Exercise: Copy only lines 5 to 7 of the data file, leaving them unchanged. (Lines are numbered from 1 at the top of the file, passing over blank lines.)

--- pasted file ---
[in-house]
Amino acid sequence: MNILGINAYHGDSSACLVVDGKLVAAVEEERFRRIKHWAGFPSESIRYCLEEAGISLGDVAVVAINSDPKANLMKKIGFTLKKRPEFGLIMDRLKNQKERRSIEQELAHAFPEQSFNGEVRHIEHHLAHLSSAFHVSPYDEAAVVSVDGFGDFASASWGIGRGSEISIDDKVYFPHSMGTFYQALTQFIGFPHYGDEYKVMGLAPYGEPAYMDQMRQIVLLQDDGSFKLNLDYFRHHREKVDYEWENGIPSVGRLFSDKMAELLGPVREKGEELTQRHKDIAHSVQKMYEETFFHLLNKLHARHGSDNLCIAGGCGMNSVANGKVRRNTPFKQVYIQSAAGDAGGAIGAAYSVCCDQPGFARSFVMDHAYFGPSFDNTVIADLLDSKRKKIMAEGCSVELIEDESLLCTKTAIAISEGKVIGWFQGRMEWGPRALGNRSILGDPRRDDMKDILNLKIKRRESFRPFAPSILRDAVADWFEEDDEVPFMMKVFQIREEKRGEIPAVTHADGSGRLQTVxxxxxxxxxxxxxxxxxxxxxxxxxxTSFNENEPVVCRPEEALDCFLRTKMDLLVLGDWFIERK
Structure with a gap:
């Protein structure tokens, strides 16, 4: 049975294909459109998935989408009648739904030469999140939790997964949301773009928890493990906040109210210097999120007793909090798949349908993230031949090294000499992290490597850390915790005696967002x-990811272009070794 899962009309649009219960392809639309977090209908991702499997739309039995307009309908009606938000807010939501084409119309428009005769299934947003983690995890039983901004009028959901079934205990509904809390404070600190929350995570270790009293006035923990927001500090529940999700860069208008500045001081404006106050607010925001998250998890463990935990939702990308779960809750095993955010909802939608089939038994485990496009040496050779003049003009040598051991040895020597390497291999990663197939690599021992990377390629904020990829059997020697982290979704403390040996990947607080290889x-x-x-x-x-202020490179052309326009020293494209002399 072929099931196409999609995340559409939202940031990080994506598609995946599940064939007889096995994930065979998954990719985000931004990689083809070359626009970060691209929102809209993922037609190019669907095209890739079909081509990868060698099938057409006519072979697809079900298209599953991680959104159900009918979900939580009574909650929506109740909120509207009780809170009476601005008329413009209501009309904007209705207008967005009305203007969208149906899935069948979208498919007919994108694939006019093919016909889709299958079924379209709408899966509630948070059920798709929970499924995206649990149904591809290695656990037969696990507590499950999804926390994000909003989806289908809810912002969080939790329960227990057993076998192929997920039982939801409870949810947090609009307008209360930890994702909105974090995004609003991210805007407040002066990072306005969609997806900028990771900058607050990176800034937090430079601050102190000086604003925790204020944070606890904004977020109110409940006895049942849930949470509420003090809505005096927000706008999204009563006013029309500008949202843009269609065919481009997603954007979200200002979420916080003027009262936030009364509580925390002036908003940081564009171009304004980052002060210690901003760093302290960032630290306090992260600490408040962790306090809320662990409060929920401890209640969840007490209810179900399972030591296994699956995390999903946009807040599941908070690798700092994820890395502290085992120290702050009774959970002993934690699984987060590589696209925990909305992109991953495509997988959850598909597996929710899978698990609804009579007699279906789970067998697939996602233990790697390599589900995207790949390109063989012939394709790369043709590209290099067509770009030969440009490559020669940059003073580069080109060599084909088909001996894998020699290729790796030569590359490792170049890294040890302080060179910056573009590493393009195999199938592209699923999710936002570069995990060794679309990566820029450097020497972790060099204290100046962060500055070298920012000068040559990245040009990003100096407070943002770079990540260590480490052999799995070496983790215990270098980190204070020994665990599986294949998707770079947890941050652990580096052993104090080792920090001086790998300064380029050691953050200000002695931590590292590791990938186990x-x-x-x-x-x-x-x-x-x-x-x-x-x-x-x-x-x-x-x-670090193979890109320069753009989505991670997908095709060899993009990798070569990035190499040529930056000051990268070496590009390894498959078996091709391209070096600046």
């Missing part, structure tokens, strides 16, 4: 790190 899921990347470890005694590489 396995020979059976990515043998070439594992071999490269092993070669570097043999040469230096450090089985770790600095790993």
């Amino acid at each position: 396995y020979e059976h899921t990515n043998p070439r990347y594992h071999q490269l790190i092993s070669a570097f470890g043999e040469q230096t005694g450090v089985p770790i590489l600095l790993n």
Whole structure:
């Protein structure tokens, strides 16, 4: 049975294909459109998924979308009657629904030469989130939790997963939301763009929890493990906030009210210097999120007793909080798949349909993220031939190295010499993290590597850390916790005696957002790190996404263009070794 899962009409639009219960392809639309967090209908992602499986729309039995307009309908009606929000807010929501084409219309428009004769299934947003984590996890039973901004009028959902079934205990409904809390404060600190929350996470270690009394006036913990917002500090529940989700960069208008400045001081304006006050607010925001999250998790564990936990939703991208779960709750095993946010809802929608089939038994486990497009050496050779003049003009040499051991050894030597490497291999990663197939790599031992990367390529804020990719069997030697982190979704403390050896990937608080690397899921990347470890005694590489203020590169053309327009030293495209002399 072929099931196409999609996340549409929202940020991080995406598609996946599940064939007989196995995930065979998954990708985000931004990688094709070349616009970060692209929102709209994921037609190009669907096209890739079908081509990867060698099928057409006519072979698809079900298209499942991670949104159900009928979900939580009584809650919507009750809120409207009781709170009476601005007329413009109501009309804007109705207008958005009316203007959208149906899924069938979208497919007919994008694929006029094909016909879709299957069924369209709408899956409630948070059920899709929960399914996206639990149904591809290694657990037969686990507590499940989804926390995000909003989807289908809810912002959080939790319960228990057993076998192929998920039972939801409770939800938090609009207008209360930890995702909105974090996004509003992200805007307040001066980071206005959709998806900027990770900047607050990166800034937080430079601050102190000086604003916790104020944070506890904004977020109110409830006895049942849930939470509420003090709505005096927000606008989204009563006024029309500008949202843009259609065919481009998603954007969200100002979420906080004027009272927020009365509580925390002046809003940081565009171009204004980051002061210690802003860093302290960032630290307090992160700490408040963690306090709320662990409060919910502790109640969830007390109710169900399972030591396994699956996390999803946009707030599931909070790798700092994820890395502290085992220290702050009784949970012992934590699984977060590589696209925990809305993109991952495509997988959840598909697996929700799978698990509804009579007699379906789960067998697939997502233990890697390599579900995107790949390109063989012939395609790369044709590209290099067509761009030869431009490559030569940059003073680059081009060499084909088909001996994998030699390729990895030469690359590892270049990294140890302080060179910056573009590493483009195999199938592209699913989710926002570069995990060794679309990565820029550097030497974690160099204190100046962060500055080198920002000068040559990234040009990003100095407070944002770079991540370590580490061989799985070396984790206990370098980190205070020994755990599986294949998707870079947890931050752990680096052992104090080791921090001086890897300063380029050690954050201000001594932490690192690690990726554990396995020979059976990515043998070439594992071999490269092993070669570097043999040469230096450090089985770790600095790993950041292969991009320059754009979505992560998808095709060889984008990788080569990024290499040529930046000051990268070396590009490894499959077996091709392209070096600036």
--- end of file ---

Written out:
């Missing part, structure tokens, strides 16, 4: 790190 899921990347470890005694590489 396995020979059976990515043998070439594992071999490269092993070669570097043999040469230096450090089985770790600095790993």
């Amino acid at each position: 396995y020979e059976h899921t990515n043998p070439r990347y594992h071999q490269l790190i092993s070669a570097f470890g043999e040469q230096t005694g450090v089985p770790i590489l600095l790993n």
Whole structure: